This Thursday is RUOK Day and we want you to take a minute to consider whether someone you know might be struggling. Sometimes we get a gut instinct that something isn’t quite right with a friend, loved one or colleague.
Don’t stay silent.
Reach out and ask them if they’re okay. RUOK have shared a video that explains it best.
As carers our lives can become all about the people we support and sometimes we can develop a mental health illness ourselves. When this occurs we can tend to lose interest in things that we would normally enjoy. Our usual happy demeanor may slip and we could find ourselves withdrawing from our normal activities.
However, it might be you that’s noticing changes in your friend’s behaviour – suddenly your reliable gym buddy doesn’t show up on the usual day, or the person who calls you religiously to chat about life, just stops calling. These might be signs that your friend is struggling.
If you’re worried, we would encourage you to call your friend and see how they’re going. That one gesture of kindness could make all the difference for someone who is suffering in silence.
As the RUOK website notes, “By starting a conversation and commenting on the changes you’ve noticed, you could help that family member, friend or workmate open up. If they say they are not ok, you can follow our conversation steps to show them they’re supported and help them find strategies to better manage the load. If they are ok, that person will know you’re someone who cares enough to ask”.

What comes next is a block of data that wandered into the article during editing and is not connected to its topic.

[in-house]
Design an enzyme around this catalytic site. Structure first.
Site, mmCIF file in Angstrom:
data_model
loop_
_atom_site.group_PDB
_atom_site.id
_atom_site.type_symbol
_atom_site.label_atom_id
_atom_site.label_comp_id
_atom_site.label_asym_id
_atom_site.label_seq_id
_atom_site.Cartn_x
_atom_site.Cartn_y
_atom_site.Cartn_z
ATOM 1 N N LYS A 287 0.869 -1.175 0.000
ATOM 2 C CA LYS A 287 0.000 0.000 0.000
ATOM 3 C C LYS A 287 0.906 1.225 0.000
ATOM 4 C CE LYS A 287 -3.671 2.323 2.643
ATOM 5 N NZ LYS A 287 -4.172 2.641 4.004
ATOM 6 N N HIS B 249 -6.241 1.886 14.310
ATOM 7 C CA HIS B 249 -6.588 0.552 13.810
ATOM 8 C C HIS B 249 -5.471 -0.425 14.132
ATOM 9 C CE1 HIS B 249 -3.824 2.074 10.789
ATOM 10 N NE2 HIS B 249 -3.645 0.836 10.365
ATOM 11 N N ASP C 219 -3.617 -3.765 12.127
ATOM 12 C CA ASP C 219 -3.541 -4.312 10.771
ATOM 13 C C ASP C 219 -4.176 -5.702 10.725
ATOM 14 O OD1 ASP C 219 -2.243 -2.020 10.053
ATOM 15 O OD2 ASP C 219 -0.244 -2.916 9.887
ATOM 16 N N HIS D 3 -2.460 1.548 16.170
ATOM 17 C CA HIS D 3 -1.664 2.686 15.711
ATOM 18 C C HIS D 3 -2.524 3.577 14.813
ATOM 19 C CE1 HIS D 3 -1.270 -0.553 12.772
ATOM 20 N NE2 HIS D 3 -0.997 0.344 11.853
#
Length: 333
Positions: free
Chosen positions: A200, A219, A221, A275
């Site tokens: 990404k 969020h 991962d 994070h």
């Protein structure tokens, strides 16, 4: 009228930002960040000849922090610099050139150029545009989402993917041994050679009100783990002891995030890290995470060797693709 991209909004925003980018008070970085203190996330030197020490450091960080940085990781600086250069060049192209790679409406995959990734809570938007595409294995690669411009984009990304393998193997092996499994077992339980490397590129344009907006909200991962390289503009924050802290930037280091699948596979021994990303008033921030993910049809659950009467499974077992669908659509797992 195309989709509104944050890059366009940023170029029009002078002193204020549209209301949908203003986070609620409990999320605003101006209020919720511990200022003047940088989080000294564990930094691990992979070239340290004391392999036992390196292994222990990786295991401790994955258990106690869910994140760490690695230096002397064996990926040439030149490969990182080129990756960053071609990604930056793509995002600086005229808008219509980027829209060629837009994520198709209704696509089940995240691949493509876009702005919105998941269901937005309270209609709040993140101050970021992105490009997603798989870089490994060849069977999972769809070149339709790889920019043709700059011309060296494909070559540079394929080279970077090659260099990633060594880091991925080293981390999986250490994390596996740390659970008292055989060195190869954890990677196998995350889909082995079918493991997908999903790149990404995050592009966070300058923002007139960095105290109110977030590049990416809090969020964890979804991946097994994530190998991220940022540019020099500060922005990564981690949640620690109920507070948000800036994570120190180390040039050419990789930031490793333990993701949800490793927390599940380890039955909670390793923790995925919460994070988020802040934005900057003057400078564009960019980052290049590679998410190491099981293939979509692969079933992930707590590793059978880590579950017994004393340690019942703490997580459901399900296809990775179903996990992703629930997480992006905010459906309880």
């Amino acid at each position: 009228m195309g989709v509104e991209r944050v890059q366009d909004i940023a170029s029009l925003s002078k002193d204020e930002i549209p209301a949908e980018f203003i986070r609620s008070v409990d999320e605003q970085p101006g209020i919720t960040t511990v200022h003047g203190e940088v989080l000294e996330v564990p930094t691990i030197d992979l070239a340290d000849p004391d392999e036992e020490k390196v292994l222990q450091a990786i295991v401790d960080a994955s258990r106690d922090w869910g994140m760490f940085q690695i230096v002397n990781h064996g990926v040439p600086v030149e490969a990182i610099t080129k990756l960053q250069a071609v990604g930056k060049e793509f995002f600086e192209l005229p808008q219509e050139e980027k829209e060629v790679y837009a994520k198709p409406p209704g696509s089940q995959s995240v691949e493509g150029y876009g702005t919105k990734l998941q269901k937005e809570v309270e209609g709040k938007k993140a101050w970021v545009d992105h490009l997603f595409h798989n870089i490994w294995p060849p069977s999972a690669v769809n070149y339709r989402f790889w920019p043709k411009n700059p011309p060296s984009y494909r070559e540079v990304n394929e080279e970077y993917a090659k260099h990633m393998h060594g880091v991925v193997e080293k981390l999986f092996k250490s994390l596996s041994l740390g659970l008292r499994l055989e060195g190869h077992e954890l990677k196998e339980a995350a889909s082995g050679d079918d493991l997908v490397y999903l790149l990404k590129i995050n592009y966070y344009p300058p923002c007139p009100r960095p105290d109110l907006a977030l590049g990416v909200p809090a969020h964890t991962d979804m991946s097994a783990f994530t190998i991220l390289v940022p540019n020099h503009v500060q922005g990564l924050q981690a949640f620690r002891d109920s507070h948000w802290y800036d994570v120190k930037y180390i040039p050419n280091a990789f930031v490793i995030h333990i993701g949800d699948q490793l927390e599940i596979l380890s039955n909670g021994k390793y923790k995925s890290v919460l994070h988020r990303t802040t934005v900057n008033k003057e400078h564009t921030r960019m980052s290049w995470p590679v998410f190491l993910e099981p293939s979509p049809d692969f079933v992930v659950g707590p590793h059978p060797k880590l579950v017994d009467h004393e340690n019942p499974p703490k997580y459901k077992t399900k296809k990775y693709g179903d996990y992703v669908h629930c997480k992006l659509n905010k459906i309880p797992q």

If you’re not sure how to ask someone if they’re okay, the RUOK website has a wealth of tips and information you can follow, but we’ve outlined it very briefly for you:
1. Ask RUOK?
Be relaxed and friendly in your approach. You can start with “how are you going?’ or “what’s been happening?” If you receive push back from them, don’t criticise them. Let them know that you’ve been concerned about a change in their behaviour, that you care about them and you could say “please call me if you need to chat”.
2. Listen without judgment
Take what they say seriously and don’t interrupt them. Acknowledge that things are tough for them and don’t judge them. If they need time to think, sit patiently with them.
3. Encourage action
Ask them “what have you done in the past with similar situations?” or “how would you like me to support you?”. If they’ve been feeling down for more than two weeks, encourage them to see a professional.
Put a reminder in your calendar to call them in a couple of weeks. You could say “I’ve been thinking of you and wanted to know how you’ve been going since we last chatted.”
Reaching out to somebody could be that life changing conversation that they need. For more information, head to the RUOK website.
If you have any questions about this article or need someone to talk to, you can call Arafmi any time of the day on 07 3254 1881. It’s comforting to know that when you need to talk – someone who understands will be there – at any hour.